The recycling rate in the U.S. has increased by only 6% over the past decade, according to a new study conducted by researchers at Boston University and University of Alberta.
So what’s stopping people from recycling more?
The findings of the study reveal that the issue may be of a psychological nature. The researchers found that if an item looks damaged, small, ripped, or deformed – a dented can for example – it typically gets tossed in the trash.
However, if the item is viewed as whole – a can that is not dented, a sheet of paper – it is usually sent to the recycling bin.
Encourage Recycling in Your Facility
“This is a ‘mind-set’ issue and I do not believe [we must ask] manufacturers to redesign or repackage their items just so they do not lose their form,” says Stephen Ashkin, CEO of Sustainability Dashboard Tools.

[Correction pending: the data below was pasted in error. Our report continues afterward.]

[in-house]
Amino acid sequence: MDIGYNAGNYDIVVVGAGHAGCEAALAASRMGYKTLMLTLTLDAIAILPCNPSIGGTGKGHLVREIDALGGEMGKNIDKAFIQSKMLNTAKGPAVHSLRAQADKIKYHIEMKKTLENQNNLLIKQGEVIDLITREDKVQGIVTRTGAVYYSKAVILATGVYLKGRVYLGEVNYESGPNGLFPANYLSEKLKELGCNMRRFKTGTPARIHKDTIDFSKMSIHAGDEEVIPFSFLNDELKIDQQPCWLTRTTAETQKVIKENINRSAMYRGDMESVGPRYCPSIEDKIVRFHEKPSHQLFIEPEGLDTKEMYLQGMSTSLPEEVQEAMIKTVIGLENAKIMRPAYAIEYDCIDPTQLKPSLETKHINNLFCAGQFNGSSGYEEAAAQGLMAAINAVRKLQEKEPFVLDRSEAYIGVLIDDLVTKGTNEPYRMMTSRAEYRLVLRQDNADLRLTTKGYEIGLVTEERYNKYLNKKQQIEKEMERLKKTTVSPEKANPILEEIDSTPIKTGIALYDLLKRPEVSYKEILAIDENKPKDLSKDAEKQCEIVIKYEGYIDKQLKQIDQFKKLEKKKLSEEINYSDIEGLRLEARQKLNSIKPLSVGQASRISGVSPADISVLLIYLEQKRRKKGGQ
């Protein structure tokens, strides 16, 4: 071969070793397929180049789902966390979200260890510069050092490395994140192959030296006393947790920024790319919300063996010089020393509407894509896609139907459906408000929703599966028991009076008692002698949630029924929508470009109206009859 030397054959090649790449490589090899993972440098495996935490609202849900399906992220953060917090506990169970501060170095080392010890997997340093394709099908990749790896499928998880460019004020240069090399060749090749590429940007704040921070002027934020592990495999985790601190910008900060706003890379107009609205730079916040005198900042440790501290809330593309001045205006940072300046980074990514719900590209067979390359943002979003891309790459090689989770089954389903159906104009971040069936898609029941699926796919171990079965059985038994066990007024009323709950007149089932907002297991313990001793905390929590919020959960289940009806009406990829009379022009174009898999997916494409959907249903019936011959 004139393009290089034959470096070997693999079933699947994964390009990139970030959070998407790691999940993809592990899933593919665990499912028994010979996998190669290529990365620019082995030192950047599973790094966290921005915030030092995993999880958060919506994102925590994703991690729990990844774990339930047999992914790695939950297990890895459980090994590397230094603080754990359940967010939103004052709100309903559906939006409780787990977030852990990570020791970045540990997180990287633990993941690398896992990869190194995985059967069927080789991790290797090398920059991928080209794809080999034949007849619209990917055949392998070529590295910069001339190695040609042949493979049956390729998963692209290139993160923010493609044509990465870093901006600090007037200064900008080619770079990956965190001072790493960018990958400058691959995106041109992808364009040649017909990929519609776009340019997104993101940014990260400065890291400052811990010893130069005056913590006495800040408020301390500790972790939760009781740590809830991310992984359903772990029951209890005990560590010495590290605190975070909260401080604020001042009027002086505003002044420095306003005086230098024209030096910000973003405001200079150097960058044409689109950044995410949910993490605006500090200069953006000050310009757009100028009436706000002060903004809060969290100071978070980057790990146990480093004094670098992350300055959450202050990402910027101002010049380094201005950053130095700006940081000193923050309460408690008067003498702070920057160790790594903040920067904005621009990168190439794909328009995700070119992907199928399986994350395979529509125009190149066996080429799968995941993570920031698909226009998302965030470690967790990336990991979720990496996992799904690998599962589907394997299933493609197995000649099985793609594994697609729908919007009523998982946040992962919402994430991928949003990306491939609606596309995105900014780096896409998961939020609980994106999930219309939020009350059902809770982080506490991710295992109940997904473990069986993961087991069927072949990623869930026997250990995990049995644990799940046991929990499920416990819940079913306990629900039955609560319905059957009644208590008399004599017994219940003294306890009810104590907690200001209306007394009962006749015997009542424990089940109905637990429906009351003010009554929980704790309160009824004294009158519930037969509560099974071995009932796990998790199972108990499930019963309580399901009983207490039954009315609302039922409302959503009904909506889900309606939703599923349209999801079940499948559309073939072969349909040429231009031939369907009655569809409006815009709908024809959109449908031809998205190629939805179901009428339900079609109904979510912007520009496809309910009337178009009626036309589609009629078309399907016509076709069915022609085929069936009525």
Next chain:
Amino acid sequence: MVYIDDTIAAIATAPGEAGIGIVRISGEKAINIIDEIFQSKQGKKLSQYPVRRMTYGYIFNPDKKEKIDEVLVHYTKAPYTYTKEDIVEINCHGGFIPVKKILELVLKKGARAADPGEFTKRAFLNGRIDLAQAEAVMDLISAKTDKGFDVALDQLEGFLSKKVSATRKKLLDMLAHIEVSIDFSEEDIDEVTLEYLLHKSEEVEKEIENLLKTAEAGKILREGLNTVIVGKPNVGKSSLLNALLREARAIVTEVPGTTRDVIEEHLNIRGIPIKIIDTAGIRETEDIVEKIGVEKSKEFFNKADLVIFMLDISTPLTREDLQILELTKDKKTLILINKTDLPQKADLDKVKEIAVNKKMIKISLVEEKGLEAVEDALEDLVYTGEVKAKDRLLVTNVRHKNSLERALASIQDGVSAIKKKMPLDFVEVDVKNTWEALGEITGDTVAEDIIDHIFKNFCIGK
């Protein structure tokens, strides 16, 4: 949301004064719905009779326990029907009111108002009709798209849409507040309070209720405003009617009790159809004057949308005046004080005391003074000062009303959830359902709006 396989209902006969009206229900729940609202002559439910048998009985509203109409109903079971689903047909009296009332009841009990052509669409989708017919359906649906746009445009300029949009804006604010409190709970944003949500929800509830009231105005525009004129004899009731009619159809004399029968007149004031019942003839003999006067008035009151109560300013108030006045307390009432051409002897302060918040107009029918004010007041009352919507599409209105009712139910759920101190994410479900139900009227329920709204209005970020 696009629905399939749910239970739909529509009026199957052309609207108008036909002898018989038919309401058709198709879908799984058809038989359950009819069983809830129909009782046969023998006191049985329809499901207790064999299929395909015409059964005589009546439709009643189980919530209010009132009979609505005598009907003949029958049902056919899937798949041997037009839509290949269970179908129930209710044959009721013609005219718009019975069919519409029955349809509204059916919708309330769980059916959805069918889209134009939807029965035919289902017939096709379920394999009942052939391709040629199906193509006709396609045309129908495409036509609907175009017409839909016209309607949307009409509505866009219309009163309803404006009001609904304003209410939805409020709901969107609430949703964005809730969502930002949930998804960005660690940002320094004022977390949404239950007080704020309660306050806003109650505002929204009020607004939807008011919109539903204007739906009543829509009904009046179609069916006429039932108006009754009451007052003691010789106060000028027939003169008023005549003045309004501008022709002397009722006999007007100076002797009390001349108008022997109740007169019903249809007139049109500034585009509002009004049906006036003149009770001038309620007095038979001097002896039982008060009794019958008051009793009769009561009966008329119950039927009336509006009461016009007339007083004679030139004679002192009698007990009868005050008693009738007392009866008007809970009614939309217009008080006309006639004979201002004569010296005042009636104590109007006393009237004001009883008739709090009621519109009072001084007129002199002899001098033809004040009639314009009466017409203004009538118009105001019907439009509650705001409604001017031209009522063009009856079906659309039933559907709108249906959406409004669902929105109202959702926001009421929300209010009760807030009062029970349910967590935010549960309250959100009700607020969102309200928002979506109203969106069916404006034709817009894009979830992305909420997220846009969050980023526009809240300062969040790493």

Ashkin suggests that facility managers place signs near bins that alert people that recyclable materials can be recycled in any form – big or small.
Altering people’s perceptions of what is and isn’t recyclable could be a big win for a facility’s sustainability initiative.
The full report was published in the Journal of Consumer Research.